England’s economy will be unlocked gradually after the hoped-for return of schools at the start of March, the vaccines minister has told Sky News.
Nadhim Zahawi gave an insight into what Prime Minister Boris Johnson’s promised roadmap out of lockdown, earmarked to be announced on 22 February, will look like.
He confirmed the government intends to start reopening schools in England on 8 March, to allow immunity against COVID-19 to build up among the top four groups prioritised for a jab.
And in a suggestion the government wants to get the economy moving as soon as possible, he added more restrictions could then be lifted.
“Mid-February, if you add another three weeks to that when the vaccine protection really does begin to kick in, you’re at the first week of March,” he said on Thursday.
“So that’s when we will begin to first of all open schools and then begin a gradual reopening of the economy, if we continue to see good data.”
He added lockdown being eased is “predicated on really high quality data” of hospitalisation rates coming down and the falling of deaths, which he added “still remain far too high” and are at a “grim” level.
It comes as The Daily Telegraph reported Chancellor Rishi Sunak is worried scientists are shifting their advice on when lockdown should end.
The paper quoted one source who said: “Rishi is concerned that the scientists have been moving the goalposts in recent weeks. It’s no longer just about hospitalisations and protecting the NHS but cases and case numbers.
“Now the target seems to be that we need to keep cases down overall, which wasn’t the original aim of the lockdown… The talk has switched to becoming COVID-free.”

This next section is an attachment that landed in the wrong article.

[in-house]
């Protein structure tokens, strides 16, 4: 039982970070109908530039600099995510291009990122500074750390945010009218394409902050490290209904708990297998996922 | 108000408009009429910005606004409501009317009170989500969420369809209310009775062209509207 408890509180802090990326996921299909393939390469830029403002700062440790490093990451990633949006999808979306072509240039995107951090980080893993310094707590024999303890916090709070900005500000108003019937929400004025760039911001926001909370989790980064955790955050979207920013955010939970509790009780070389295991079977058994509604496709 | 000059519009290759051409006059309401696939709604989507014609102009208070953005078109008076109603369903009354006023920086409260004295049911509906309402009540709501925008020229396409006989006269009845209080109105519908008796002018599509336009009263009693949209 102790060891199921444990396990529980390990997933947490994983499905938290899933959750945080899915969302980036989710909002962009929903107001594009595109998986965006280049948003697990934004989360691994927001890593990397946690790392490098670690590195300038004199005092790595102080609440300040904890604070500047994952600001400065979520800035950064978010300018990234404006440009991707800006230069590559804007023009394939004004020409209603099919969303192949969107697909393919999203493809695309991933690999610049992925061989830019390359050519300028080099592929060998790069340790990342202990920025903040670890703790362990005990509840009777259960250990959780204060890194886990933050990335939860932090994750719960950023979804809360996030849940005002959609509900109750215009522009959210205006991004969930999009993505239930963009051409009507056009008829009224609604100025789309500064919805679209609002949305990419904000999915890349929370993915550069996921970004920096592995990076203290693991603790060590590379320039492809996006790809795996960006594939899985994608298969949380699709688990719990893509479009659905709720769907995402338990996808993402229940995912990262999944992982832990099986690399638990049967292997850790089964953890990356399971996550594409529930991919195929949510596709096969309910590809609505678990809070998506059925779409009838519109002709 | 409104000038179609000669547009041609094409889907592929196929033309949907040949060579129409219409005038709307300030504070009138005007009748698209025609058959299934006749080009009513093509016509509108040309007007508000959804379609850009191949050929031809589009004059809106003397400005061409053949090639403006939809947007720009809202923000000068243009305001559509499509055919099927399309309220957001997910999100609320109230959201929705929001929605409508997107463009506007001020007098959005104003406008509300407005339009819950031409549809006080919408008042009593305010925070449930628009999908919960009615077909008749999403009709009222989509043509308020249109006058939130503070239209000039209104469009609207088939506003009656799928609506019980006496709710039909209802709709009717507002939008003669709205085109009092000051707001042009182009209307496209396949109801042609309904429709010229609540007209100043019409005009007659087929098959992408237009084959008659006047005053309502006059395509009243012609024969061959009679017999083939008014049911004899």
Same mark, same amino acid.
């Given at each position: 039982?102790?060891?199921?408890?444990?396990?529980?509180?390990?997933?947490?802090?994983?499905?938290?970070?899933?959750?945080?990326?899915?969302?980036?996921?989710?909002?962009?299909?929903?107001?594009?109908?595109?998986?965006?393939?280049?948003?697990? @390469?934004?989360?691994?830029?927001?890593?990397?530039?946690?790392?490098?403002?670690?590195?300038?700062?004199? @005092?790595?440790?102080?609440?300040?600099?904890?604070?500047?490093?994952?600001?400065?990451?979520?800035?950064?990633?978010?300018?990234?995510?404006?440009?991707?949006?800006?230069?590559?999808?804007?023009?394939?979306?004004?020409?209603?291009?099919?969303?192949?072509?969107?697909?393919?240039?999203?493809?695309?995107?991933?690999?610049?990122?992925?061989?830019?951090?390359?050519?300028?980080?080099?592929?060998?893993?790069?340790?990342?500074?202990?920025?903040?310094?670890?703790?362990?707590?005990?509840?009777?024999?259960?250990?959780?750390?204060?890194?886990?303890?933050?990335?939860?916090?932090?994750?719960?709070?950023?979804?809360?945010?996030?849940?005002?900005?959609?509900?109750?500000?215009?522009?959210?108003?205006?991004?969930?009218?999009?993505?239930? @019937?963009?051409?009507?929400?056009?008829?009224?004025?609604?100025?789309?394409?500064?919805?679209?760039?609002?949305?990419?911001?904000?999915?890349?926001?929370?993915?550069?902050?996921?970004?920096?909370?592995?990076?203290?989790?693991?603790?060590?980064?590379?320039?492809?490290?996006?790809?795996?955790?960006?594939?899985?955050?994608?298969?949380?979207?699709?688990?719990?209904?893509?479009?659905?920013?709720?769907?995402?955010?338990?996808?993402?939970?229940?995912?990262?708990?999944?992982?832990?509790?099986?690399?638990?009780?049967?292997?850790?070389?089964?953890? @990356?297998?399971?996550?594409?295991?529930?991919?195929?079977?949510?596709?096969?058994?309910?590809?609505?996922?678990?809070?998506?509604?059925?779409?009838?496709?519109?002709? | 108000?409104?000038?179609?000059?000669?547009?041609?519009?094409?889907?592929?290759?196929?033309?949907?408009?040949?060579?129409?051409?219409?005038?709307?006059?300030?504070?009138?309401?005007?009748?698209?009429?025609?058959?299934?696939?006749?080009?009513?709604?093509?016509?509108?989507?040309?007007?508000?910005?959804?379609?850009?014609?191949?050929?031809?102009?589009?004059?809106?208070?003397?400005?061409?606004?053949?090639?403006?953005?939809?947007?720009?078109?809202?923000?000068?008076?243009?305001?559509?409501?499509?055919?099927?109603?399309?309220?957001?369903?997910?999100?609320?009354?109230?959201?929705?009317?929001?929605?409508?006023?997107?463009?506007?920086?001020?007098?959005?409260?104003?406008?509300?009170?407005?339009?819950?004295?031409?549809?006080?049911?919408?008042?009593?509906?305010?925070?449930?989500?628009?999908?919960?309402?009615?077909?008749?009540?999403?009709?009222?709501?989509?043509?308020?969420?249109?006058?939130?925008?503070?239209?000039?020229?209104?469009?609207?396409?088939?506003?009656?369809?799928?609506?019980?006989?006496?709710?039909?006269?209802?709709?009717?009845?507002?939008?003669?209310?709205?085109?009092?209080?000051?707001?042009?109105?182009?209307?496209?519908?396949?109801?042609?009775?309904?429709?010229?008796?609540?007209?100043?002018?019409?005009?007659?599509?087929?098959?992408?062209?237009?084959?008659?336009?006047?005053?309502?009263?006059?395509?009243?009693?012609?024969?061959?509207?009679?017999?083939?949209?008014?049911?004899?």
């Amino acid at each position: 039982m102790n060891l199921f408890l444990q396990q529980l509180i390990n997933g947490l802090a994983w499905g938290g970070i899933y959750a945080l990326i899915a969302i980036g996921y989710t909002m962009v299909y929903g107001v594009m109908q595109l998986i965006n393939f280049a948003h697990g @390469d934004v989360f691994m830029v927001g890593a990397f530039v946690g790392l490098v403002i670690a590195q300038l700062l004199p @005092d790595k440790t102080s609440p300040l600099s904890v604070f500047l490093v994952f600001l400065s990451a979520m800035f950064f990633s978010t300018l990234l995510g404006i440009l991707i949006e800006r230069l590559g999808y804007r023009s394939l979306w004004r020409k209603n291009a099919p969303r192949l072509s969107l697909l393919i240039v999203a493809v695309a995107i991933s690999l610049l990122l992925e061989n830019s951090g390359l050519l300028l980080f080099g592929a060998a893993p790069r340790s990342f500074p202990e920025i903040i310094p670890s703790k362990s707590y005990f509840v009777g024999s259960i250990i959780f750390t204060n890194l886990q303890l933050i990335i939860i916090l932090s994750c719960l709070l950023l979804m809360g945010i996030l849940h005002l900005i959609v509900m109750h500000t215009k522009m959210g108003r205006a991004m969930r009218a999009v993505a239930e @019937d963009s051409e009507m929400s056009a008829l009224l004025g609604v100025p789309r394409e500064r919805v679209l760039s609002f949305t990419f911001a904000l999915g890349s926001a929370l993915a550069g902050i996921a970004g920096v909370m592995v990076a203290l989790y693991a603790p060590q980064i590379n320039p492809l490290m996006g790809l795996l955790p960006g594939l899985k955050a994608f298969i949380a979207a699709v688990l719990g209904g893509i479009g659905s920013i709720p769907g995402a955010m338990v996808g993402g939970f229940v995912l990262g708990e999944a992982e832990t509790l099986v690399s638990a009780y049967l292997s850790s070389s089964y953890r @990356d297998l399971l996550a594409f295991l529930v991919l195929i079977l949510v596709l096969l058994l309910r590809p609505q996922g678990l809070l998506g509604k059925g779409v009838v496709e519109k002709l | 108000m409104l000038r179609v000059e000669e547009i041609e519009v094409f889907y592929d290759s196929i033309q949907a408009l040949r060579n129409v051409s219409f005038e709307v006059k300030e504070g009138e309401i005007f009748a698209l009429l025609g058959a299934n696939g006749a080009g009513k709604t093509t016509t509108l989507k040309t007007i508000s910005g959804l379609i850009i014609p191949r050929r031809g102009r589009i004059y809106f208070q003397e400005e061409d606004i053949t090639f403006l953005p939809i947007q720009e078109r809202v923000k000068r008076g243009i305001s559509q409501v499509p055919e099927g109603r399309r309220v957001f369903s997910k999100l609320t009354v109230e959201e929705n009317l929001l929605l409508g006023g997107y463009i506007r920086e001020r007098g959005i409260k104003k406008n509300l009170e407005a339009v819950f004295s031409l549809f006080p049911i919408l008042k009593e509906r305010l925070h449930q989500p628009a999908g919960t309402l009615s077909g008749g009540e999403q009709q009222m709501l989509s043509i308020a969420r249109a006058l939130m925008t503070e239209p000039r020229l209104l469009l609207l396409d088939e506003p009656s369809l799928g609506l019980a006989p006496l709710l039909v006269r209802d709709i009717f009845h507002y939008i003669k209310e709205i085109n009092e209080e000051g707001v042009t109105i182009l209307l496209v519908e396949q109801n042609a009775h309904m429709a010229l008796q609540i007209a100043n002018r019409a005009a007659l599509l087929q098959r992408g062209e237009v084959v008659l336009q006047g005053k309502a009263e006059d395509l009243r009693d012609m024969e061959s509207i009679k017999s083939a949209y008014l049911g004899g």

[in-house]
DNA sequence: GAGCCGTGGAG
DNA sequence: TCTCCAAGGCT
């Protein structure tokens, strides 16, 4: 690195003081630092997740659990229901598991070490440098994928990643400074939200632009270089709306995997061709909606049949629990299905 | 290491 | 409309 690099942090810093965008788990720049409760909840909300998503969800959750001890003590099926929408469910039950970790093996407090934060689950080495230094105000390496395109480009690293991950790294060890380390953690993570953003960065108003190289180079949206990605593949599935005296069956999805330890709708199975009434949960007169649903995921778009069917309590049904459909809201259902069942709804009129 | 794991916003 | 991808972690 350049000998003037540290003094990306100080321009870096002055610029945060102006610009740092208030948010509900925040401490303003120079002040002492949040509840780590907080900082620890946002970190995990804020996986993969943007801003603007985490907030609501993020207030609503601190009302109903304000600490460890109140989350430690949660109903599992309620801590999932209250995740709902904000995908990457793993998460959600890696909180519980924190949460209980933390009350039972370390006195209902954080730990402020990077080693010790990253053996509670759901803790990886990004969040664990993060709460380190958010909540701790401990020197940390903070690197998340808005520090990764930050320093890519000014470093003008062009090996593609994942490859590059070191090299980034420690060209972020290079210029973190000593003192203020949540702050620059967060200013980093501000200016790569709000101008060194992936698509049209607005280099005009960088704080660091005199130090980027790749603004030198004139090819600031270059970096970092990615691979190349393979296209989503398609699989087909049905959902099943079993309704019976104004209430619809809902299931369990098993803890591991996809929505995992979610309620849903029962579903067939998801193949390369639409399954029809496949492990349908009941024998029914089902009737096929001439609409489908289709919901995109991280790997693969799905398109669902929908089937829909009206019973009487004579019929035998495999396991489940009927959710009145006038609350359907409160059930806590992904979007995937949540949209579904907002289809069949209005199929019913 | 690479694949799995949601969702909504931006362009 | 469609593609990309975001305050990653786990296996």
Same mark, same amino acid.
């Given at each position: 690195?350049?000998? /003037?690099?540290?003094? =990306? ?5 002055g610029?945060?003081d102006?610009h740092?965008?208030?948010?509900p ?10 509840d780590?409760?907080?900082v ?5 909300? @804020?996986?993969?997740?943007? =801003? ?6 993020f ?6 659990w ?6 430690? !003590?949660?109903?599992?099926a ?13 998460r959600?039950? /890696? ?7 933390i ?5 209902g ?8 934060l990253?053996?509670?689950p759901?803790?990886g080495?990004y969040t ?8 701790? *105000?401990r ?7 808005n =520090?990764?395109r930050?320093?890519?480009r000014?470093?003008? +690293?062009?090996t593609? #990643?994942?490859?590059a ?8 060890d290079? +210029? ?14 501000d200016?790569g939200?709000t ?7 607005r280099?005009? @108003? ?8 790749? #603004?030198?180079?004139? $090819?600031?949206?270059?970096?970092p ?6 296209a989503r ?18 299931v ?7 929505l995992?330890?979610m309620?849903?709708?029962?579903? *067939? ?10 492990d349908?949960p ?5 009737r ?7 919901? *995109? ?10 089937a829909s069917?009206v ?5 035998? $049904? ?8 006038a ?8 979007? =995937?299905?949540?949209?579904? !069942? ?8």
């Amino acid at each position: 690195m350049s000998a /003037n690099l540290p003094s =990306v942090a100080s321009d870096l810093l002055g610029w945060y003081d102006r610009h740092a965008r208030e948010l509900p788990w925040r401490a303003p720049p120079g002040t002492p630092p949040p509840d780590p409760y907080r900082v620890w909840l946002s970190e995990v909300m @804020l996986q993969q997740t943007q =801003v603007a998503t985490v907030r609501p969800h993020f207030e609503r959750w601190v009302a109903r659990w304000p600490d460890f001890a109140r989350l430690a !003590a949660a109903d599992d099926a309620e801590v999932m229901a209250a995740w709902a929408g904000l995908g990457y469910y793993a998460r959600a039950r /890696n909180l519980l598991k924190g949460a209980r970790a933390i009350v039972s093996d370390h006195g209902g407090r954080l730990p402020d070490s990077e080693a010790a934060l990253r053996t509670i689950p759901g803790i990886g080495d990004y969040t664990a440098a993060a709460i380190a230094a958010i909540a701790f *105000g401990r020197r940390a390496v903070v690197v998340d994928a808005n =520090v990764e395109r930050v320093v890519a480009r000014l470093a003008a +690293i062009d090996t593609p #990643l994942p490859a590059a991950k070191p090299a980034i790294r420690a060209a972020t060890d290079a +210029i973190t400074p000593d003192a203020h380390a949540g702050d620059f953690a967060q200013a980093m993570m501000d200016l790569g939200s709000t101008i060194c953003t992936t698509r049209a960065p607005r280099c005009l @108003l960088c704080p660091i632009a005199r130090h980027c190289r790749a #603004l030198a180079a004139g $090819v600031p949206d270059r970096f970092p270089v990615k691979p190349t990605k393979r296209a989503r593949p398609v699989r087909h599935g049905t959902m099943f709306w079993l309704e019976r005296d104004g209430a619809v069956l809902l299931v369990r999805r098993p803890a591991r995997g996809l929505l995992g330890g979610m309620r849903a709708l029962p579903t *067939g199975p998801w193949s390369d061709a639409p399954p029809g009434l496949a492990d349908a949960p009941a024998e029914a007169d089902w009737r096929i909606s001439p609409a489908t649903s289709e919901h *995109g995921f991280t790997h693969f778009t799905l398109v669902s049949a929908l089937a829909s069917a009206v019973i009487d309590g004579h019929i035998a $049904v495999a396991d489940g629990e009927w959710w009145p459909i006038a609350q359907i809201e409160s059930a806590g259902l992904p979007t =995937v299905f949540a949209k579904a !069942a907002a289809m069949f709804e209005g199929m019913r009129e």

Steve Baker, deputy chair of the COVID Recovery Group – a lobbying effort by Tory backbenchers against restrictions they deem too tough – also responded to the report by calling Mr Sunak “potentially our best chancellor ever”.
Tory backbenchers have begun raising fresh concerns after Nicola Sturgeon announced schools in Scotland could return from 22 February – triggering questions about why the country is moving faster than England.
Marcus Fysh, a Conservative MP, said Mr Sunak’s reported concerns were “quite right”, adding: “As soon as vulnerable groups have been vaccinated and their immunity has spun up (14 days) we must open the economy completely and return to normal.”
Another senior Tory MP also told Sky News: “We can’t wait to be COVID free – for the vast majority of the population who aren’t badly affected by it (if that is still the case with these new variants) we have to start on the road back to normal.”
Several ministers have privately expressed concerns that some decisions are overly cautious at the moment.
And they seemed worried the cabinet so-called “doves” – those in favour of tougher restrictions – like Health Secretary Matt Hancock and Cabinet Office minister Michael Gove, are a bit too dominant in decision-making.
Prime Minister Boris Johnson’s spokesman confirmed he is still hopeful of vaccinating all those in priority groups one to nine by the end of spring – but refused to define specifically when that is.
Labour leader Sir Keir Starmer said tightening up the government’s hotel quarantine plan was essential for protecting the country from new variants – even though it might carry a heavier economic impact.
He told journalists on a visit to a supermarket pharmacy vaccination centre in Herefordshire: “Of course tough quarantine measures have an [economic] impact and in a sense nobody wants that.
“But if a variant gets through that isn’t subject to the vaccine, we are going to be back to square one and that will have months of impact on the economy, huge damage to the economy.
“So the risk is huge if we don’t secure our borders and I think most people would say, ‘For heaven’s sake, now we’ve got the vaccine being rolled out, don’t put that at risk’.”
Mr Johnson’s spokesman confirmed details will be fleshed out by Health Secretary Matt Hancock next week.
It comes after a further 1,322 people died within 28 days of testing positive for coronavirus and 19,202 more people tested positive.
Just over 10 million people have also now had their first dose of a COVID-19 shot.
Mr Zahawi also said vaccine manufacturers are already planning to tweak their jabs to be more effective at tackling variants, of which there are around 4,000 worldwide.
— to news.sky.com